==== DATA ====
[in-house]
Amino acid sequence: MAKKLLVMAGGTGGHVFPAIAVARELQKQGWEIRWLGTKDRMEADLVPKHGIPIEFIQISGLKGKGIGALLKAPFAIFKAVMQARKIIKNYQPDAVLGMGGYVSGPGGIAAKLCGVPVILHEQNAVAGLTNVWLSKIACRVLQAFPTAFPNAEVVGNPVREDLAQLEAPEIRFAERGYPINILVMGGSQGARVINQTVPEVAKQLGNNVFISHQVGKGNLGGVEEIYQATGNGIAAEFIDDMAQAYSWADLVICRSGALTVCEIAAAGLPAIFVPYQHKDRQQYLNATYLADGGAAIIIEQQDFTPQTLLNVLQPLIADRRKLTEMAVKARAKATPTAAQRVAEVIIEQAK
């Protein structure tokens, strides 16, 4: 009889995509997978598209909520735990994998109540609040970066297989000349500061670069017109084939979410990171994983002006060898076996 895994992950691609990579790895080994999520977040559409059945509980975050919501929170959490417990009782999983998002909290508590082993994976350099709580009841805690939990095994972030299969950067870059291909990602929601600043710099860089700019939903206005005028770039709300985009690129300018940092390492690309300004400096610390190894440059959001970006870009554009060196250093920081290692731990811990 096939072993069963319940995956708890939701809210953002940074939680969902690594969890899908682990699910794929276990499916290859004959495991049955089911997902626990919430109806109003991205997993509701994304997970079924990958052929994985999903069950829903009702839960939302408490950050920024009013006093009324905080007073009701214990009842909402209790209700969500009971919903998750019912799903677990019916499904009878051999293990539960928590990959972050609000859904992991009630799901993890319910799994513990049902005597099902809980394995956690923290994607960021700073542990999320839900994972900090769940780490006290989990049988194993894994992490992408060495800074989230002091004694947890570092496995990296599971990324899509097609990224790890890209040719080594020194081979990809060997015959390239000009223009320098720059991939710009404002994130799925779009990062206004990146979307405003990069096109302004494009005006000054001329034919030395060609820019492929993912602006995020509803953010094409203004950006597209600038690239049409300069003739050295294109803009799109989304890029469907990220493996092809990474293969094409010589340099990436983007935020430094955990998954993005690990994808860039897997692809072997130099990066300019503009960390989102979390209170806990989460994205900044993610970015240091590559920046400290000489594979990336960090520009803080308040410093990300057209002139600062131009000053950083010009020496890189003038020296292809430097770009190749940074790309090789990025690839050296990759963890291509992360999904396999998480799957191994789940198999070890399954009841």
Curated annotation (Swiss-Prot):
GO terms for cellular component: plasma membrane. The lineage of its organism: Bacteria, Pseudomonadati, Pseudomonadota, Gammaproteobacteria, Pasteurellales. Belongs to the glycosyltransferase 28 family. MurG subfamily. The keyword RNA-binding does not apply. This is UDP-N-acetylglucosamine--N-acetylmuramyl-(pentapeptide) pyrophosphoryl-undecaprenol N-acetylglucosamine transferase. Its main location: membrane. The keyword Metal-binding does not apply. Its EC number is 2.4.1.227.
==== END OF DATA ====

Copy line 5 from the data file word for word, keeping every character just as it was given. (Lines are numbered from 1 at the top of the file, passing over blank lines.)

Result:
GO terms for cellular component: plasma membrane. The lineage of its organism: Bacteria, Pseudomonadati, Pseudomonadota, Gammaproteobacteria, Pasteurellales. Belongs to the glycosyltransferase 28 family. MurG subfamily. The keyword RNA-binding does not apply. This is UDP-N-acetylglucosamine--N-acetylmuramyl-(pentapeptide) pyrophosphoryl-undecaprenol N-acetylglucosamine transferase. Its main location: membrane. The keyword Metal-binding does not apply. Its EC number is 2.4.1.227.